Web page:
This is getting weirder and weirder, but, at the same time, tantalizingly plausible:
Former CIA case officer Bob Baer revealed on CNN Sunday evening that intelligence officials were possibly considering Edward Snowden’s case as Chinese espionage, after Snowden came forward this afternoon from an undisclosed Hong Kong location.
“Hong Kong is controlled by Chinese intelligence,” Baer said. “It’s not an independent part of China at all. I’ve talked to a bunch of people in Washington today, in official positions, and they are looking at this as a potential Chinese espionage case.”
“On the face of it, it looks like it is under some sort of Chinese control, especially with the president meeting the premier today,” Baer said. “You have to ask what’s going on. China is not a friendly country and every aspect of that country is controlled. So why Hong Kong? Why didn’t he go to Sweden? Or, if he really wanted to make a statement, he should have done it on Capitol Hill.”
When you think about it, the possibility of Snowden being used by Chinese intelligence is not at all unreasonable: the US news had been filled for months with items about Chinese hacker attacks and complaints about stolen data, and Obama was expected to bring this up at their summit here in California. Could he have been used by a Chinese “handler” to release this information when it would be both embarrassing to Obama and useful to China by cutting O’s legs out from under him at the summit? “Shut up, you guys are spying, too?” I’ve got no firm opinion about Snowden, himself, though, from what I’ve read, he does strike me as a immature narcissist who could be played by skilled operators. And what free-speech and civil liberties advocate who donates to Ron Paul would take refuge in China, of all places? (1)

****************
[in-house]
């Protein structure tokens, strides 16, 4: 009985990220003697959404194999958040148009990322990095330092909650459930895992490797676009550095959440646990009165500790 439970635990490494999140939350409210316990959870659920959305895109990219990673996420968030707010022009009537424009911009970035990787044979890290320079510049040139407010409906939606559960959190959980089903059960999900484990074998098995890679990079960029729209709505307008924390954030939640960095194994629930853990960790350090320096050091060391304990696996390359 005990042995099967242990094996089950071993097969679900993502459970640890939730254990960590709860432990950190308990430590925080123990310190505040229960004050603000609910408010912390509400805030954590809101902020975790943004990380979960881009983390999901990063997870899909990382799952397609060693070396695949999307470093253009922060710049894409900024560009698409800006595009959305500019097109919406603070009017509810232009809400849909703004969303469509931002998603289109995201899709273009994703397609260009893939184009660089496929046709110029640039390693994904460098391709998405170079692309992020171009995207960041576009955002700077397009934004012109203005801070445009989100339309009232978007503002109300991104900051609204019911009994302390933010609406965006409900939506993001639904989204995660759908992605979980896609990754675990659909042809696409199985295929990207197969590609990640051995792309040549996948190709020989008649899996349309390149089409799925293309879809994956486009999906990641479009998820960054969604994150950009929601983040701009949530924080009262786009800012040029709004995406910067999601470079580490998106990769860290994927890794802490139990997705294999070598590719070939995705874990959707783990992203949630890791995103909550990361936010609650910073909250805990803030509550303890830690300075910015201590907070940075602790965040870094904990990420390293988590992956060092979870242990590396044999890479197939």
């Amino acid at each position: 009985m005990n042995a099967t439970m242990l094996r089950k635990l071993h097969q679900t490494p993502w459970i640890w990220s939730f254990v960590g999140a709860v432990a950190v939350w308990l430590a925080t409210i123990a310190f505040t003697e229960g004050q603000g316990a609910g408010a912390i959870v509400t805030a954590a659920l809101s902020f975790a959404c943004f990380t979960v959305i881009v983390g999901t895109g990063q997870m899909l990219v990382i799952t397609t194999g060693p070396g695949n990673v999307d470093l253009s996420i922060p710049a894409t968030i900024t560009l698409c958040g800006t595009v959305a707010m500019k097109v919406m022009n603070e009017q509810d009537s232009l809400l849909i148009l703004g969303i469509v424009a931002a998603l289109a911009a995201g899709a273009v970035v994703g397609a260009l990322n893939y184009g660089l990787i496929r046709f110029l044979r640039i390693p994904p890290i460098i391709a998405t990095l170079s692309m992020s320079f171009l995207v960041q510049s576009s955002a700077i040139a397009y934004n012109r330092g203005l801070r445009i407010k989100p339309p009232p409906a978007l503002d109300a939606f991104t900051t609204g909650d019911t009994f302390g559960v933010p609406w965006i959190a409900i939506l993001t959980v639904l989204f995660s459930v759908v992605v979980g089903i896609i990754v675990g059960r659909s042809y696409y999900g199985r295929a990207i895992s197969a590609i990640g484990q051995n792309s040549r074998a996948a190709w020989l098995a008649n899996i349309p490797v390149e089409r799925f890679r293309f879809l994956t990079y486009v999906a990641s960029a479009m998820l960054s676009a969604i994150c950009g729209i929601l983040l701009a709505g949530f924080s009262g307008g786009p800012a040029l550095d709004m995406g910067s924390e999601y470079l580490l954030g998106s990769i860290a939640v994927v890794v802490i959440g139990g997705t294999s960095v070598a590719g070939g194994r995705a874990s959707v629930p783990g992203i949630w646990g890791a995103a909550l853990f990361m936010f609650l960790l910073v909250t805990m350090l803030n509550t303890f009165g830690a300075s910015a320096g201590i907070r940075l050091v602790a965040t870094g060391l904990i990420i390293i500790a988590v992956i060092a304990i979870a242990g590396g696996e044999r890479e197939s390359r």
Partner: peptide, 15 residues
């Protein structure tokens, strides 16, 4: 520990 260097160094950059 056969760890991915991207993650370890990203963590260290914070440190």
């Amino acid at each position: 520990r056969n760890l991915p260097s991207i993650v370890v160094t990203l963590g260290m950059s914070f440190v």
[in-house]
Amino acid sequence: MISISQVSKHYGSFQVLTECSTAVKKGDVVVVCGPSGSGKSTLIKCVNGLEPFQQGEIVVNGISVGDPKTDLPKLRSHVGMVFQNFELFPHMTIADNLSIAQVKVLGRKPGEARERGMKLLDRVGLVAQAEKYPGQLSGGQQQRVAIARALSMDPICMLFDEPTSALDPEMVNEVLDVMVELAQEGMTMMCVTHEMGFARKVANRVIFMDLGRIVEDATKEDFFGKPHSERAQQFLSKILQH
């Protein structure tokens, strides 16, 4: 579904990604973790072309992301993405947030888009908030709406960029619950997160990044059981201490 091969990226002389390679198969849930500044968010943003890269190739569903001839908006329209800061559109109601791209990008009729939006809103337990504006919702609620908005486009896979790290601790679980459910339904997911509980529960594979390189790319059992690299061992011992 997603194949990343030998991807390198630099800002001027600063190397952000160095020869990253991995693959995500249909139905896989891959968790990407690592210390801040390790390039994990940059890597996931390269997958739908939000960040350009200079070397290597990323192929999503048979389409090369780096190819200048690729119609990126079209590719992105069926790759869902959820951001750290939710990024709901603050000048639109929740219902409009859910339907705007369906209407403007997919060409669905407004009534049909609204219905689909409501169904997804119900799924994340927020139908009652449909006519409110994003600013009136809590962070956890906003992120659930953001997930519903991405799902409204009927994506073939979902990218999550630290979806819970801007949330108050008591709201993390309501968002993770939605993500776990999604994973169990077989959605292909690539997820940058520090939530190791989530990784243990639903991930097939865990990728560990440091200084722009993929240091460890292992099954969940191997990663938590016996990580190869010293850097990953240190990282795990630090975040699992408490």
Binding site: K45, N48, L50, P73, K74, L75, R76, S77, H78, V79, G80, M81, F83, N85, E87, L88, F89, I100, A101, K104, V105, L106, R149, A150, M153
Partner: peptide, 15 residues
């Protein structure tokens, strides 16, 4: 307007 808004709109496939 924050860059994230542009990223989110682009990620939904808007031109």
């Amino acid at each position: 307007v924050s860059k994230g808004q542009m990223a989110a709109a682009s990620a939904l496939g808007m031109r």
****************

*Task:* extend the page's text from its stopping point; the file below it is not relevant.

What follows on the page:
There’s something really, really odd about this.
PS: I haven’t written much about these NSA revelations, the phone metadata collection and the information culling from Internet providers (PRISM), because there is so much to absorb and it has such profound implications for a free society that I think silence, on my part and for now, is better. I’ve seen too many outraged knees jerking, too much heat and not enough light, too much reaction and not enough reading; it makes me worry that, traumatized as we are by the IRS and Rosen scandals, etc., we may throw the “national security baby” out with the bathwater. For now, though, let me leave you with an article by Jonah Goldberg that best captures my thinking at the moment: healthy skepticism.
(1) Yeah, I know he is/was in Hong Kong, which is very free market and capitalist, but if you don’t believe Beijing pulls the strings of what goes on there, especially in an intelligence matter, I have a bridge for you.
(Crossposted at Sister Toldjah)